This article continues my quest to lead the education parade for my readers regarding taxes. Today's subject matter, a little-known strategy, goes to the head of the class not only as a star income tax saver, but also as an estate tax destroyer and a superior asset protection device.
Yes, there is a single strategy that does all three — private placement life insurance (PPLI). If you are fortunate enough to consider yourself an affluent individual, you'll love every word you are about to read.
Who falls into the affluent category? Well, the most recent IRS data available from 2007 shows the top 1% of taxpayers, earning $410,000 or more, paid a whopping 40.4% of all federal income taxes. This is astounding because those taxpayers made only 22.8% of the reported adjusted gross income for 2007.
In my book, this 1% really deserves a tax break now more than ever because the recently elected Washington geniuses are a sure bet to raise the income tax rates on upper-income earners.
What is PPLI?
PPLI is a form of variable universal life insurance that is offered privately rather than through a public offering. Variable life insurance has cash value that is dependent on the performance of one or more investment accounts in the policy. Since the insurance company cannot know the specific investment goals of each traditional policy purchaser, the carrier often settles for registering a set offering, including a selection of mutual funds or hedge funds as investment options within the policy. On the other hand, the carrier customizes the investment options to meet the needs of each PPLI owner/investor.
The prime purpose of PPLI is to make your investment profits, whether capital gains, dividend income or interest income, tax free. Simply put, all policy investments are wrapped in a tax-free insurance envelope.
Just how significant are the wealth accumulation results of taxable vs. tax-free? An example is the easiest way to grasp the difference. The following example, created by Lewis Schiff, a lawyer in Austin, Texas, will astound you.
Facts: A PPLI policy insurers a 45-year-old male, paying $2.5 million (a total of $12.5 million) in premiums for five years. The assumed rate of return is 10% (net of investment-management fees), taxed as ordinary income (at 40%, including federal and state taxes).
Results: Two huge advantages pop out: the death benefit is always king, and in the long-run, uses every opportunity available to get into an income tax free environment. Notice the huge higher amount in “cash value” after 20 years compared to “taxable investment.” Neither the cash value increases nor the “death benefit” is subject to income tax. Please note that PPLI premiums start from a low of $1 million (for example, $250,000 per year paid over four years) to a more typical $5 to $10 million or more (paid in the early years), or $5 million or more paid as a single premium at inception. Yes, $50 to $100 million polices can be arranged.
Now let's look at a three-step example, courtesy of Donald D. Cameron, chartered life underwriter and a long-time PPLI guru, using PPLI to create an effective private retirement plan.
Facts: A 50-year-old male, non-smoker, with cash value compounding at a 10% annual rate after investment management fees, pays a $1 million premium for a PPLI for five years (total premium of $5 million).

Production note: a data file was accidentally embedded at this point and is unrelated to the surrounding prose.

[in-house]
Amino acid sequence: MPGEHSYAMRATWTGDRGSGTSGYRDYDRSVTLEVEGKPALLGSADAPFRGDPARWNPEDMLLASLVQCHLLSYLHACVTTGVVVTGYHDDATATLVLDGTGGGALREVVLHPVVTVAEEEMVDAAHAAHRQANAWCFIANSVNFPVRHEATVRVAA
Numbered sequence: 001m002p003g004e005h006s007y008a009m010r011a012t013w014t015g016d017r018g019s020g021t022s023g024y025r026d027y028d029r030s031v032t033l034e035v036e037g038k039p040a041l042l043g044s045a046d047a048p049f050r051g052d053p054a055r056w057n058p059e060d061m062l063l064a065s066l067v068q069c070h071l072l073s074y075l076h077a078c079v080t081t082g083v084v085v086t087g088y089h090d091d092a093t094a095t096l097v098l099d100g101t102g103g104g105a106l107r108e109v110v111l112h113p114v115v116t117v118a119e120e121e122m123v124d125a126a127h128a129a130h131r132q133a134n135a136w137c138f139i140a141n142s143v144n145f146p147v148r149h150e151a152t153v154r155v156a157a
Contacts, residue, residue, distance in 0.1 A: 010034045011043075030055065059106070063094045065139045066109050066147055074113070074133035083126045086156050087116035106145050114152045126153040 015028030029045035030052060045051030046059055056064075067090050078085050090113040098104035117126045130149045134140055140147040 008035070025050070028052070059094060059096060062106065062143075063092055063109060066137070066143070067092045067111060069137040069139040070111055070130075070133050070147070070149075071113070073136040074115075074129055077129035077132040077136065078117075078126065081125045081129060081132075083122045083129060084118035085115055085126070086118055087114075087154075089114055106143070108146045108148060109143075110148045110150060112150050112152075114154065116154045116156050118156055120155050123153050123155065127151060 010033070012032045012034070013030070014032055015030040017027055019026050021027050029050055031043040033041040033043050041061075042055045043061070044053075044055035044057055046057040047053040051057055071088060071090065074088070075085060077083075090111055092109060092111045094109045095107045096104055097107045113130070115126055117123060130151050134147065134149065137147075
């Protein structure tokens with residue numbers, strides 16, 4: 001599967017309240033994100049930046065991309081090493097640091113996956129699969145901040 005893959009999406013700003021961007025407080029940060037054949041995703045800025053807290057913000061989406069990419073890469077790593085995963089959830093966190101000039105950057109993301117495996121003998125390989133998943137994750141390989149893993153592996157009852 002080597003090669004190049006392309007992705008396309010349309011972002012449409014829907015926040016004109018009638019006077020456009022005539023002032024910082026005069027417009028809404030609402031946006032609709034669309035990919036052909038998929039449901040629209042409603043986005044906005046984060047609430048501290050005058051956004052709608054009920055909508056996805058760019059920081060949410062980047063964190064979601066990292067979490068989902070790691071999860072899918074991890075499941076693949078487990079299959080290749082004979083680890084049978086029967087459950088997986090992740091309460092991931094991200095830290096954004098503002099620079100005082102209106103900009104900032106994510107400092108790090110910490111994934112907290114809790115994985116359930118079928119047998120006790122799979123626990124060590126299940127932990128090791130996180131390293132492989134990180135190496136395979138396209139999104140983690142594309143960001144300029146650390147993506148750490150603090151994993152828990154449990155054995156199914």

Results: After 15 years, at age 65, he receives $1,213,538 per year for life. After 50 years, at age 100, $9,856,418 is payable as a death benefit. Both these payments are income tax-free.
Let's take a look at some other advantages of PPLI:
Liquidity: When needed, you can borrow a portion of the “cash value,” which can be paid back at any time or out of the death benefit.
Asset protection: Your investments are placed in separate accounts, avoiding any risk of insurance company illiquidity.
Risk minimization: Insurance is a risk-shifting strategy in the event of a premature death, always supplementing the tax-free investment results at any age.
Estate tax free: The PPLI arrangement can be set-up so the ultimate death benefit is not subject to estate taxes.
Investment flexibility: You can, with the help of the insurance company or a third party advisor if desired, select from a large number of hedge funds. You can even switch advisors or have more than one. It is also permissible to invest in a private equity deal that you think has great potential.
Low investment cost: Traditional agents' commissions are eliminated, letting more funds work inside your policy — true “no-load” insurance. Typically, PPLI is placed with an offshore insurance company, further reducing the policy costs.
PPDVA: What if your health or age prevents you from getting insurance, including PPLI? Then you can purchase a private placement deferred variable annuity (PPDVA). This type of annuity is similar to a PPLI except the income is deferred until the policy owner takes a distribution taxable at ordinary income tax rates.
If you have a large investment portfolio, then PPLI is something you should look at. Your investment wealth is sure to compound at an accelerated pace because you will not lose one cent in income taxes.
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Irv Blackman, CPA and lawyer, is a retired founding partner of Blackman Kallick Bartelstein LLP and chairman emeritus of the New Century Bank, both in Chicago. If you have questions, call him at 847/674-5295, e-mail him at [email protected], or visit www.taxsecretsofthewealthy.com.